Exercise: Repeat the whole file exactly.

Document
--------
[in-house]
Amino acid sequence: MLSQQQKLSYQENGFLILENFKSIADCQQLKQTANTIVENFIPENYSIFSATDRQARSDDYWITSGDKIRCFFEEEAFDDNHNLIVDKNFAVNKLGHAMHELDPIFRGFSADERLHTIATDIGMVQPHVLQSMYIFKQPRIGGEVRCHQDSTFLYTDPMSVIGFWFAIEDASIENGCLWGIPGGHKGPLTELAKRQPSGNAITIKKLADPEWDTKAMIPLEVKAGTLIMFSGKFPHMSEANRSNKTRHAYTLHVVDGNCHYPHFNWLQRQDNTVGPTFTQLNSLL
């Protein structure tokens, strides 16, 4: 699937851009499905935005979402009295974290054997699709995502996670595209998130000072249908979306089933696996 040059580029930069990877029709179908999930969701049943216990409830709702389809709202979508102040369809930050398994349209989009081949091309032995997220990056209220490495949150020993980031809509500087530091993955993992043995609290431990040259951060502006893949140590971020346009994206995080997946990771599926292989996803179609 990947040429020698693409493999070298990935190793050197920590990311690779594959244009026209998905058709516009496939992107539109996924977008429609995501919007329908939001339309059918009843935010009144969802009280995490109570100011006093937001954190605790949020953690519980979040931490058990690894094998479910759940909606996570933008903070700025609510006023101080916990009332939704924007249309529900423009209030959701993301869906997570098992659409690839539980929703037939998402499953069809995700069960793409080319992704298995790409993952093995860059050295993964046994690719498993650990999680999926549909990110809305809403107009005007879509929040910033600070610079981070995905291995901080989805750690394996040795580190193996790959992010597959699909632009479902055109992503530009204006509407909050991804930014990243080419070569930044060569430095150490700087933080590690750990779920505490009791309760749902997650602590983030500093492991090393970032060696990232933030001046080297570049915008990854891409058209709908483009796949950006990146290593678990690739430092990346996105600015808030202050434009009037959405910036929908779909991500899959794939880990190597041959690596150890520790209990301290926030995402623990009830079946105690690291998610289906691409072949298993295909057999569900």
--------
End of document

[in-house]
Amino acid sequence: MLSQQQKLSYQENGFLILENFKSIADCQQLKQTANTIVENFIPENYSIFSATDRQARSDDYWITSGDKIRCFFEEEAFDDNHNLIVDKNFAVNKLGHAMHELDPIFRGFSADERLHTIATDIGMVQPHVLQSMYIFKQPRIGGEVRCHQDSTFLYTDPMSVIGFWFAIEDASIENGCLWGIPGGHKGPLTELAKRQPSGNAITIKKLADPEWDTKAMIPLEVKAGTLIMFSGKFPHMSEANRSNKTRHAYTLHVVDGNCHYPHFNWLQRQDNTVGPTFTQLNSLL
């Protein structure tokens, strides 16, 4: 699937851009499905935005979402009295974290054997699709995502996670595209998130000072249908979306089933696996 040059580029930069990877029709179908999930969701049943216990409830709702389809709202979508102040369809930050398994349209989009081949091309032995997220990056209220490495949150020993980031809509500087530091993955993992043995609290431990040259951060502006893949140590971020346009994206995080997946990771599926292989996803179609 990947040429020698693409493999070298990935190793050197920590990311690779594959244009026209998905058709516009496939992107539109996924977008429609995501919007329908939001339309059918009843935010009144969802009280995490109570100011006093937001954190605790949020953690519980979040931490058990690894094998479910759940909606996570933008903070700025609510006023101080916990009332939704924007249309529900423009209030959701993301869906997570098992659409690839539980929703037939998402499953069809995700069960793409080319992704298995790409993952093995860059050295993964046994690719498993650990999680999926549909990110809305809403107009005007879509929040910033600070610079981070995905291995901080989805750690394996040795580190193996790959992010597959699909632009479902055109992503530009204006509407909050991804930014990243080419070569930044060569430095150490700087933080590690750990779920505490009791309760749902997650602590983030500093492991090393970032060696990232933030001046080297570049915008990854891409058209709908483009796949950006990146290593678990690739430092990346996105600015808030202050434009009037959405910036929908779909991500899959794939880990190597041959690596150890520790209990301290926030995402623990009830079946105690690291998610289906691409072949298993295909057999569900």